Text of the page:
Tackling the story of one of France's most beloved personalities is a daunting task, especially in a country which does not revere the biopic. But a few years ago, as Olivier Dahan rummaged through some photos in a book store, he was bitten by the Edith Piaf bug.

"I came across a photo of her at a young age and realised I didn't know a lot about her. That photo was really the inspiration," says the director. He called his producer and "in half an hour the project was done".

Perhaps he is slightly exaggerating the timescale, but Dahan was given an immediate go-ahead from producer Alain Goldman, with whom he had collaborated on 2004's Crimson Rivers II: Angels Of The Apocalypse. Dahan says he was not looking for any specific kind of project but with La Vie En Rose he adds another genre to his resume, which includes family drama (Le Petit Poucet), crime drama (Deja Mort), drama (La Vie Promise) and action-thriller (Crimson Rivers II).

Dahan knew he did not want to do a classic biopic and set about writing a story that would mix different periods of Piaf's life. During the writing process he thought about the lead role and, although he did not know Marion Cotillard personally, he began to see her as Piaf.

To be sure, Dahan "waited a year to finish the script before I called her", but Cotillard had no such reservations, jumping straight on board, alongside Gerard Depardieu, Sylvie Testud, Jean-Paul Rouve and Emmanuelle Seigner.

The film was made for around $25m, shooting in a studio in Prague and on location in Paris and California. "It wasn't easy but everything went very well," Dahan says. "We had a good star shining on us."

Nine months of post-production followed, with a lot of editing. As all of the music in the film is sung by Piaf herself, negotiating the rights was also an issue. Dahan says the producers hammered out a deal with Piaf's descendants and music companies over a full year, and that a large amount of money eventually changed hands.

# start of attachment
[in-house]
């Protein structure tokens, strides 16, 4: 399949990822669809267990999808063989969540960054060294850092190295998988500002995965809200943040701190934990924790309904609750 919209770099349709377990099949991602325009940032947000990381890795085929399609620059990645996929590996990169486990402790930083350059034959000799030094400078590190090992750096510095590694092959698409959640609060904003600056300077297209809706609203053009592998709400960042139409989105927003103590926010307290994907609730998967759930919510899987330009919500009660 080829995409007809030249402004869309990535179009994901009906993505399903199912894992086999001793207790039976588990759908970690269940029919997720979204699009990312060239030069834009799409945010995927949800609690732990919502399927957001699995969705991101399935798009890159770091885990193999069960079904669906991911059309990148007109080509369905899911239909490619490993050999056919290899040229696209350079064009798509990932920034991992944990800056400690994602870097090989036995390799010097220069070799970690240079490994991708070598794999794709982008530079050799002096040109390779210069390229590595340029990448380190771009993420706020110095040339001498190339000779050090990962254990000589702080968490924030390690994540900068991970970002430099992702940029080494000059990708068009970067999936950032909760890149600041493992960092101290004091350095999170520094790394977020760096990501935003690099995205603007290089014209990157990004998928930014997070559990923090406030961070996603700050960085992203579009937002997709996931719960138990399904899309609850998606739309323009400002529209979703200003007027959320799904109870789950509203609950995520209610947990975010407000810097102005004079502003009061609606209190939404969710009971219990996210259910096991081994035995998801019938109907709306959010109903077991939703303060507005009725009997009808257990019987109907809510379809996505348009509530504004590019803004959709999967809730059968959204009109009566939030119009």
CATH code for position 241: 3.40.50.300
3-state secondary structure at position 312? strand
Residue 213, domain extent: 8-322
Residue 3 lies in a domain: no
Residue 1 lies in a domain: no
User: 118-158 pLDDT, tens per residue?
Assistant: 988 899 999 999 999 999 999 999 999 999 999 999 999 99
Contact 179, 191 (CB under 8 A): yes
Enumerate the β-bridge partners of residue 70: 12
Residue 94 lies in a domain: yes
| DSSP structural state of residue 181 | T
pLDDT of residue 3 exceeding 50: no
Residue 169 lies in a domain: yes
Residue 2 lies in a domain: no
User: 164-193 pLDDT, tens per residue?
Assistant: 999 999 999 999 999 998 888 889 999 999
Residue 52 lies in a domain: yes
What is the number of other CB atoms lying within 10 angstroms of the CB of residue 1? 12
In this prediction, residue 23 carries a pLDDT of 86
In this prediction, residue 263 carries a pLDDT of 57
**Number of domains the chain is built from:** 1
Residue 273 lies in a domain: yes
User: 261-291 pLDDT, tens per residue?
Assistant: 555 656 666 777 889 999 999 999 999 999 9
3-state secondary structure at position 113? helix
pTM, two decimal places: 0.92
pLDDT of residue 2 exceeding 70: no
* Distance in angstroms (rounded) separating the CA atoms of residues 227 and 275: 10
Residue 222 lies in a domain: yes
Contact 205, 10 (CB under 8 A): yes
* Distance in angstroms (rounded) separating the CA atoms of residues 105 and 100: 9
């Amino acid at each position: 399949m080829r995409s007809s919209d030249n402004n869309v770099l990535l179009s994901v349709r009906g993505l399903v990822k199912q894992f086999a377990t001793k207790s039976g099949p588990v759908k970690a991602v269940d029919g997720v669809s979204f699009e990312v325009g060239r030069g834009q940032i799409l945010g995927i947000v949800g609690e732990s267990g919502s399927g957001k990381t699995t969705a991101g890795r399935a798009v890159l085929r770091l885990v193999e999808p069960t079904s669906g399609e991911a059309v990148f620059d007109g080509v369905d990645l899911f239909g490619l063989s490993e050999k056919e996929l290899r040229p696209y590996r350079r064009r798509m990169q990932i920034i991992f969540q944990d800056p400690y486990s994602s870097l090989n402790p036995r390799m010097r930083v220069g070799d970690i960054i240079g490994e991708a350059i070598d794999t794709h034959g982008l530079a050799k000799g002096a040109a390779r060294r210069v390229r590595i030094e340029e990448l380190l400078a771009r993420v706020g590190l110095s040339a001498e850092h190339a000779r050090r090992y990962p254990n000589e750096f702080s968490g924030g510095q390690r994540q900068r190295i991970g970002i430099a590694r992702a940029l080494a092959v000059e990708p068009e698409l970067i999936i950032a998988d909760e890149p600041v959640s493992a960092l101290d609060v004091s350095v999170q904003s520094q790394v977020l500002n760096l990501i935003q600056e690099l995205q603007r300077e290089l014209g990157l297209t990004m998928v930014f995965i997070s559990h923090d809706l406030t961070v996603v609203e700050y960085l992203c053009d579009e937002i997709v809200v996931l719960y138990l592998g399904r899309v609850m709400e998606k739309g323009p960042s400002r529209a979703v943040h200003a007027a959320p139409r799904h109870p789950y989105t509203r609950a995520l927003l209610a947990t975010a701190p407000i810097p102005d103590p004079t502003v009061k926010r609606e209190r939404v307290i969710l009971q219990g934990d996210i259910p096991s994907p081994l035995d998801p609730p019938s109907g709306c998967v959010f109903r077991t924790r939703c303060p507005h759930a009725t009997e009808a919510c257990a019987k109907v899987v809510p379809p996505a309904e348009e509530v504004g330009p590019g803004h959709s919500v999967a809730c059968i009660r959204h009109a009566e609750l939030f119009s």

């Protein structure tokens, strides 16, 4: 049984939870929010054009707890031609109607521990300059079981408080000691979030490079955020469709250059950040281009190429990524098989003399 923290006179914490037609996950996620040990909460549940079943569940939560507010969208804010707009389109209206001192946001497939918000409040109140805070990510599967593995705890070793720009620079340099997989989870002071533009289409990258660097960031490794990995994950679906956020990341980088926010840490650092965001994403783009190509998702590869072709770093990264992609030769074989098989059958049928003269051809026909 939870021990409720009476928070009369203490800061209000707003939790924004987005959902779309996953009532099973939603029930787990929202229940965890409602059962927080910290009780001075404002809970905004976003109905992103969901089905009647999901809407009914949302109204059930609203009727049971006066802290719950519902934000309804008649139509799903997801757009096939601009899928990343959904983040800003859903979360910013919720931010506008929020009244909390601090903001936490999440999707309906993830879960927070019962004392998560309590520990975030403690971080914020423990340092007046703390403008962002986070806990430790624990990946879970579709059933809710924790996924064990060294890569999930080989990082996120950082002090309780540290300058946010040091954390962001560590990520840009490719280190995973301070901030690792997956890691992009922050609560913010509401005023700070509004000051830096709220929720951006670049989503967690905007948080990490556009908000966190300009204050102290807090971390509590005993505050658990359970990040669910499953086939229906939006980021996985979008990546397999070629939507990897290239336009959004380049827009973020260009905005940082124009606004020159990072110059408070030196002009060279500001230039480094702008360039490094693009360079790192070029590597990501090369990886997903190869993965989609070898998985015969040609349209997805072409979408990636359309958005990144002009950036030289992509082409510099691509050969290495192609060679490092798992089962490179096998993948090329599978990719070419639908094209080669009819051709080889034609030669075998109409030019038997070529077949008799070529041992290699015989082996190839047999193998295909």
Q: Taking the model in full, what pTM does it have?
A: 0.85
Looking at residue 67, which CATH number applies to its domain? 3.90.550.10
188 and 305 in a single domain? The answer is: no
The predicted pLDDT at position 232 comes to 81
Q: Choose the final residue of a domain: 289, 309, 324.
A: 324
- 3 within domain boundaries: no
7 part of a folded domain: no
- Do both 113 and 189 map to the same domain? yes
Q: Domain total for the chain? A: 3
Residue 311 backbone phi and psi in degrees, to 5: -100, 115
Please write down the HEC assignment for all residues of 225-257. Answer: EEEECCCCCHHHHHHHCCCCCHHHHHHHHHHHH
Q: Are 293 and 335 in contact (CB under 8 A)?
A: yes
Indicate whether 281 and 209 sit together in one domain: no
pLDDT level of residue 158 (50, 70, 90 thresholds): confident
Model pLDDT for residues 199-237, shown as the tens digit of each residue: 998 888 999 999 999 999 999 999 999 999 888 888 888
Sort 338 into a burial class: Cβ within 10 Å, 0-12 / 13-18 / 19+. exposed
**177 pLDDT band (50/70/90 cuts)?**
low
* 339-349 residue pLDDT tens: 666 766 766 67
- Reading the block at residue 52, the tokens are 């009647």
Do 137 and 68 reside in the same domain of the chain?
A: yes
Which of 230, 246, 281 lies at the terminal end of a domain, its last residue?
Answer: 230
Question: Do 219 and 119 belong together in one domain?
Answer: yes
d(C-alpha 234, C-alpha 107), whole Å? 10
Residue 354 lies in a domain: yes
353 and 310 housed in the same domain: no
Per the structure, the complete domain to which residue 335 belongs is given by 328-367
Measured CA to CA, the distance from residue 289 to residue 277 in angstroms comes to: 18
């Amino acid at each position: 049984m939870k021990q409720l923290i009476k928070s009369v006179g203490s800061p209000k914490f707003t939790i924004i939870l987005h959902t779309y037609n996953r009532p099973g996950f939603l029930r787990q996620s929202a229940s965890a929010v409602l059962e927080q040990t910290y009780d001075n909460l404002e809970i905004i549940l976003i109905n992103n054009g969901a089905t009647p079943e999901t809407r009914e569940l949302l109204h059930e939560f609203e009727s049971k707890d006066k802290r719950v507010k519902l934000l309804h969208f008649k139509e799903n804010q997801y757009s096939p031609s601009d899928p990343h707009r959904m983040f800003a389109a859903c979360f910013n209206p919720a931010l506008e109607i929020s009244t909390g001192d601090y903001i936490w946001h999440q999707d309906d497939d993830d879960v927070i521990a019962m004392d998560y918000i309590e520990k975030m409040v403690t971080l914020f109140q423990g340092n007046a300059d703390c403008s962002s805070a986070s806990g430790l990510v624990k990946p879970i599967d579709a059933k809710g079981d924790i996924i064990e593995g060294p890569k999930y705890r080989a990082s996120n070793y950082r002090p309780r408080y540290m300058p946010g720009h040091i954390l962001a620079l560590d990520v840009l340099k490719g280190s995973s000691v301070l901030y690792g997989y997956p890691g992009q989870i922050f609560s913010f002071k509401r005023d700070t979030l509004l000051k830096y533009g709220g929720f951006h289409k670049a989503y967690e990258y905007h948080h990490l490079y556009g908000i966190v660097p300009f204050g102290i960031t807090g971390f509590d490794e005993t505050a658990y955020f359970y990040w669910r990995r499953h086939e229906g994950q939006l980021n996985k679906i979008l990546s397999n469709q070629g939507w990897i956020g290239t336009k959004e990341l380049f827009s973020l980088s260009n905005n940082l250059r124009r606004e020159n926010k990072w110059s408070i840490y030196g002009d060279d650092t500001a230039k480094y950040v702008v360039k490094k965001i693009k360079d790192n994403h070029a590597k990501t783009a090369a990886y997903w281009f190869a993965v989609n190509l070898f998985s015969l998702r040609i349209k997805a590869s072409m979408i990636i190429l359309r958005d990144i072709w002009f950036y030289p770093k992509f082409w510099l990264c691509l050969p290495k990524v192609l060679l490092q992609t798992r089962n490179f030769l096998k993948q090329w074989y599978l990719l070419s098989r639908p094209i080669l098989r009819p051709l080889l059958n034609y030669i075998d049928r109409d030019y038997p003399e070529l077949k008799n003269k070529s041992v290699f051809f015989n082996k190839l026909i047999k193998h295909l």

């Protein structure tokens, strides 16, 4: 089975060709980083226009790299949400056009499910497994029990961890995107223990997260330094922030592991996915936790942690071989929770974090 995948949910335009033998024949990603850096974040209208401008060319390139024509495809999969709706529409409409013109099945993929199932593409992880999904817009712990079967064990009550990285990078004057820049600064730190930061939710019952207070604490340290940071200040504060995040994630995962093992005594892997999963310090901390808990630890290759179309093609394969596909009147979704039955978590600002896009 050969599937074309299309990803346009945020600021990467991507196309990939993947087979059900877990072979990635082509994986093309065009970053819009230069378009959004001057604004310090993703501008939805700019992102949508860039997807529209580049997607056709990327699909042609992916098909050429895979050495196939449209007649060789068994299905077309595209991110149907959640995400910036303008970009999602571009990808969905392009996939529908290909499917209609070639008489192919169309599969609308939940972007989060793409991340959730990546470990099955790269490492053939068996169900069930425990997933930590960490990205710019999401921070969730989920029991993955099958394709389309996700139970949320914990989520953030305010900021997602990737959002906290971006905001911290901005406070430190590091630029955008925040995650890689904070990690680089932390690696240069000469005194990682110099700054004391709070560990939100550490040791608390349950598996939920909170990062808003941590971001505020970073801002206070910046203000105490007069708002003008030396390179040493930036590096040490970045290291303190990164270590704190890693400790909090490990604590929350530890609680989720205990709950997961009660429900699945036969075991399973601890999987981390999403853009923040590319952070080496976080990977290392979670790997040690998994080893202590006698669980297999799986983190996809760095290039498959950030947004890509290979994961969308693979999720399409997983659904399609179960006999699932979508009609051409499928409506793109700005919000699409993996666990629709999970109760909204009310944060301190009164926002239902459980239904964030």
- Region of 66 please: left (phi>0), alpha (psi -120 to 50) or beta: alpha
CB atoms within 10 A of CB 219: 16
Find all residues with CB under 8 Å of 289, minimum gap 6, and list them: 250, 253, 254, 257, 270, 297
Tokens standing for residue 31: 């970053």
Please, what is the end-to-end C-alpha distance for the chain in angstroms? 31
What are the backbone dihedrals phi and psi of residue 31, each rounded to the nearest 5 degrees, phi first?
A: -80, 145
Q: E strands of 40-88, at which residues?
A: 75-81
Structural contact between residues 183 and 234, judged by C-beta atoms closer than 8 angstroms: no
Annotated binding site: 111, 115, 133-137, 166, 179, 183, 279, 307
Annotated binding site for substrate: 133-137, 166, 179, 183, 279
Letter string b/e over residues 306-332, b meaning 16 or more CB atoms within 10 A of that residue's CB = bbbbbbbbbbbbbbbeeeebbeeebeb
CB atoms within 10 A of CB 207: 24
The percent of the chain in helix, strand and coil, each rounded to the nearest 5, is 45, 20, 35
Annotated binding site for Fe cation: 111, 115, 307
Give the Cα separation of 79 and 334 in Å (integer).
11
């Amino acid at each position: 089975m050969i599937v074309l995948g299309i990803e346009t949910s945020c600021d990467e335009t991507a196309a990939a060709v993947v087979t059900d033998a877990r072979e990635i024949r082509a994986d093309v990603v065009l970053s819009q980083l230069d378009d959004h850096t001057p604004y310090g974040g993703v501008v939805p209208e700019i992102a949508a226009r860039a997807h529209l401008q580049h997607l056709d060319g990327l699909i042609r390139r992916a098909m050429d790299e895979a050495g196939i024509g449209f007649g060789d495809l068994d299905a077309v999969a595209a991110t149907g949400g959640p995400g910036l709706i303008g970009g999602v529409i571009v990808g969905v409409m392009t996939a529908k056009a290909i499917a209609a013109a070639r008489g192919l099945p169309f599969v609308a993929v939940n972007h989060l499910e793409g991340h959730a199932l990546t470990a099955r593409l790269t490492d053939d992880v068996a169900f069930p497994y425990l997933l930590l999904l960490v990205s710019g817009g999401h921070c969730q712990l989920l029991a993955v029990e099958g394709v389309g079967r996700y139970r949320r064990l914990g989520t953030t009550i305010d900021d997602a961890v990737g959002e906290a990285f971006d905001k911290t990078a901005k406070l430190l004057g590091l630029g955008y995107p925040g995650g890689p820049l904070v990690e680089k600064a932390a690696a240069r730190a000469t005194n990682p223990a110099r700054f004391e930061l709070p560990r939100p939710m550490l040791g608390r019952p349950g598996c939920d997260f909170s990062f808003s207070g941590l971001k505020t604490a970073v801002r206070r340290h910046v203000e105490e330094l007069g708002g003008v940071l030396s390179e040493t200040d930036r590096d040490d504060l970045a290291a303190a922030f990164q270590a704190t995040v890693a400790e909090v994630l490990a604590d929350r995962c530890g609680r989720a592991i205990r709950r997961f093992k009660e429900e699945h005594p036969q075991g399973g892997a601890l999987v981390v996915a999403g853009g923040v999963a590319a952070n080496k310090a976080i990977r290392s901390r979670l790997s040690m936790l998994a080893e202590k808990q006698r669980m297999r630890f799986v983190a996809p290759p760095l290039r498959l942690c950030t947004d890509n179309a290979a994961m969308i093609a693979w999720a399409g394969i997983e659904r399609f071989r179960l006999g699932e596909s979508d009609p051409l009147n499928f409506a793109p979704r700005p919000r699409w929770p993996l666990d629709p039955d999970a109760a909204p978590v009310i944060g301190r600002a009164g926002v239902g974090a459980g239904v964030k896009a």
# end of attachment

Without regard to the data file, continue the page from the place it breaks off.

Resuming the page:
When asked why no-one had made a definitive Edith Piaf movie before, Dahan says: "Probably because it's very complicated. It's risky to tell her story. I think people have been scared before. I thought about it a little but it didn't scare me."

The film, which screened in competition at the Berlin film festival, has sold worldwide and opened in Paris on Valentine's Day, taking just under $12m in its opening week. This summer Picturehouse will distribute it in the US.

Dahan is hoping to support the film through its international rollout and is especially happy about going to the US. Set up now with an agent at ICM, he is looking for a project in English - but on a much smaller scale.

Edith Piaf's battle to sing, survive, live and love.
Budget: $25m
Producers: Legende Entreprises, Okko Production, Songbird Pictures
Sales agent: TF1 International
Main cast: Marion Cotillard, Gerard Depardieu, Sylvie Testud, Jean-Paul Rouve, Emmanuelle Seigner, Clotilde Courau, Pascal Greggory.